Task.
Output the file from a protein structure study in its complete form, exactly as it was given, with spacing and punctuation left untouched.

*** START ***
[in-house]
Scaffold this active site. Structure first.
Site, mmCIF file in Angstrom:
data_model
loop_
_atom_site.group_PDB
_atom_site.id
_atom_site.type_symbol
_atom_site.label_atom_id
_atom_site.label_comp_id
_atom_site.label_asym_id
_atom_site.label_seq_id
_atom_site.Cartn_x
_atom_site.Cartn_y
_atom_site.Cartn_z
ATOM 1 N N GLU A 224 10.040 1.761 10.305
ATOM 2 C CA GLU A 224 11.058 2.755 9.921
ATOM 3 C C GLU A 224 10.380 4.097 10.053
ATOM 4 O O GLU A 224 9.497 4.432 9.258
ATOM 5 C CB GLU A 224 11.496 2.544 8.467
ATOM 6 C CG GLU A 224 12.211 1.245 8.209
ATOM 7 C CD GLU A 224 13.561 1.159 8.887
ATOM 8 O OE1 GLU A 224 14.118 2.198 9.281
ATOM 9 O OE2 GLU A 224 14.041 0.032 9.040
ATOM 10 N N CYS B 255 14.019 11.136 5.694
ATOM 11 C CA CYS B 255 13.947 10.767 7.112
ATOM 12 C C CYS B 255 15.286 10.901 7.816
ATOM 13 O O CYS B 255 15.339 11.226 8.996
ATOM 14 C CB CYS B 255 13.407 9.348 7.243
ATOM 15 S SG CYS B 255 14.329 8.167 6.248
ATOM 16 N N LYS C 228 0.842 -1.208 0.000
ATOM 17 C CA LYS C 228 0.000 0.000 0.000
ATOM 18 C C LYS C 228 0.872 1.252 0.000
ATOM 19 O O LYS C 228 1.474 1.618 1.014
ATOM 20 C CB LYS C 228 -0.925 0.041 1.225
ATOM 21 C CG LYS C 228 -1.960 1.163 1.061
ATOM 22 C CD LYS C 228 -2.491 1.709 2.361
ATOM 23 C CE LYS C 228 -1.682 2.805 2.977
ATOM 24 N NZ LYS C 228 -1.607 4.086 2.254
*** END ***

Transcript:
[in-house]
Scaffold this active site. Structure first.
Site, mmCIF file in Angstrom:
data_model
loop_
_atom_site.group_PDB
_atom_site.id
_atom_site.type_symbol
_atom_site.label_atom_id
_atom_site.label_comp_id
_atom_site.label_asym_id
_atom_site.label_seq_id
_atom_site.Cartn_x
_atom_site.Cartn_y
_atom_site.Cartn_z
ATOM 1 N N GLU A 224 10.040 1.761 10.305
ATOM 2 C CA GLU A 224 11.058 2.755 9.921
ATOM 3 C C GLU A 224 10.380 4.097 10.053
ATOM 4 O O GLU A 224 9.497 4.432 9.258
ATOM 5 C CB GLU A 224 11.496 2.544 8.467
ATOM 6 C CG GLU A 224 12.211 1.245 8.209
ATOM 7 C CD GLU A 224 13.561 1.159 8.887
ATOM 8 O OE1 GLU A 224 14.118 2.198 9.281
ATOM 9 O OE2 GLU A 224 14.041 0.032 9.040
ATOM 10 N N CYS B 255 14.019 11.136 5.694
ATOM 11 C CA CYS B 255 13.947 10.767 7.112
ATOM 12 C C CYS B 255 15.286 10.901 7.816
ATOM 13 O O CYS B 255 15.339 11.226 8.996
ATOM 14 C CB CYS B 255 13.407 9.348 7.243
ATOM 15 S SG CYS B 255 14.329 8.167 6.248
ATOM 16 N N LYS C 228 0.842 -1.208 0.000
ATOM 17 C CA LYS C 228 0.000 0.000 0.000
ATOM 18 C C LYS C 228 0.872 1.252 0.000
ATOM 19 O O LYS C 228 1.474 1.618 1.014
ATOM 20 C CB LYS C 228 -0.925 0.041 1.225
ATOM 21 C CG LYS C 228 -1.960 1.163 1.061
ATOM 22 C CD LYS C 228 -2.491 1.709 2.361
ATOM 23 C CE LYS C 228 -1.682 2.805 2.977
ATOM 24 N NZ LYS C 228 -1.607 4.086 2.254